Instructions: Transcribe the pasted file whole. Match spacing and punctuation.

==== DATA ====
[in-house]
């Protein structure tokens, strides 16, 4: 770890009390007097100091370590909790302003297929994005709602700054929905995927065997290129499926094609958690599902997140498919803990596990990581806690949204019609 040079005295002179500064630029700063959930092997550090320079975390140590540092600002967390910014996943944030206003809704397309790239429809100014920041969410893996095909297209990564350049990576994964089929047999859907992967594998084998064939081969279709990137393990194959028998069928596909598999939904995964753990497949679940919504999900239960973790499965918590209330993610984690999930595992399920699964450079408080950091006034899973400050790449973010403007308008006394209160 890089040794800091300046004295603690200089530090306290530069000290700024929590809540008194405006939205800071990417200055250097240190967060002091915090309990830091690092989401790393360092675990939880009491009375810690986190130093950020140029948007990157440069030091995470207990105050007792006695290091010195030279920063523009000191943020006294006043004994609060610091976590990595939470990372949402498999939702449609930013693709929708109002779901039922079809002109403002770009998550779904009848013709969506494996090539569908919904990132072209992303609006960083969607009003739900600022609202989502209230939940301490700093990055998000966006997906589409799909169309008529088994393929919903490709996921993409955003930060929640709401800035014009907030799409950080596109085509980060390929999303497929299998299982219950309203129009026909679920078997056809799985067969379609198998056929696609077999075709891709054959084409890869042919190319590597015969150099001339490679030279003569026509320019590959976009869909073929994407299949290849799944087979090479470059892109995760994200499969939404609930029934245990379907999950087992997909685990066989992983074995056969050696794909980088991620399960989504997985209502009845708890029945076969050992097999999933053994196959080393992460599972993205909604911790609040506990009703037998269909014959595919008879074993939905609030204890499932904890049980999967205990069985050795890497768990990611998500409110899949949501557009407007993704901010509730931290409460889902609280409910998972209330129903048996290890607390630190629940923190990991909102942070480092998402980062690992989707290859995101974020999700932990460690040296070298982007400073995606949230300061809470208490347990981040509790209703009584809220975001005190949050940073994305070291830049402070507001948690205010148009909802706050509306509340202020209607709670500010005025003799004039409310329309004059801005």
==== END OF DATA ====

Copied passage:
[in-house]
């Protein structure tokens, strides 16, 4: 770890009390007097100091370590909790302003297929994005709602700054929905995927065997290129499926094609958690599902997140498919803990596990990581806690949204019609 040079005295002179500064630029700063959930092997550090320079975390140590540092600002967390910014996943944030206003809704397309790239429809100014920041969410893996095909297209990564350049990576994964089929047999859907992967594998084998064939081969279709990137393990194959028998069928596909598999939904995964753990497949679940919504999900239960973790499965918590209330993610984690999930595992399920699964450079408080950091006034899973400050790449973010403007308008006394209160 890089040794800091300046004295603690200089530090306290530069000290700024929590809540008194405006939205800071990417200055250097240190967060002091915090309990830091690092989401790393360092675990939880009491009375810690986190130093950020140029948007990157440069030091995470207990105050007792006695290091010195030279920063523009000191943020006294006043004994609060610091976590990595939470990372949402498999939702449609930013693709929708109002779901039922079809002109403002770009998550779904009848013709969506494996090539569908919904990132072209992303609006960083969607009003739900600022609202989502209230939940301490700093990055998000966006997906589409799909169309008529088994393929919903490709996921993409955003930060929640709401800035014009907030799409950080596109085509980060390929999303497929299998299982219950309203129009026909679920078997056809799985067969379609198998056929696609077999075709891709054959084409890869042919190319590597015969150099001339490679030279003569026509320019590959976009869909073929994407299949290849799944087979090479470059892109995760994200499969939404609930029934245990379907999950087992997909685990066989992983074995056969050696794909980088991620399960989504997985209502009845708890029945076969050992097999999933053994196959080393992460599972993205909604911790609040506990009703037998269909014959595919008879074993939905609030204890499932904890049980999967205990069985050795890497768990990611998500409110899949949501557009407007993704901010509730931290409460889902609280409910998972209330129903048996290890607390630190629940923190990991909102942070480092998402980062690992989707290859995101974020999700932990460690040296070298982007400073995606949230300061809470208490347990981040509790209703009584809220975001005190949050940073994305070291830049402070507001948690205010148009909802706050509306509340202020209607709670500010005025003799004039409310329309004059801005």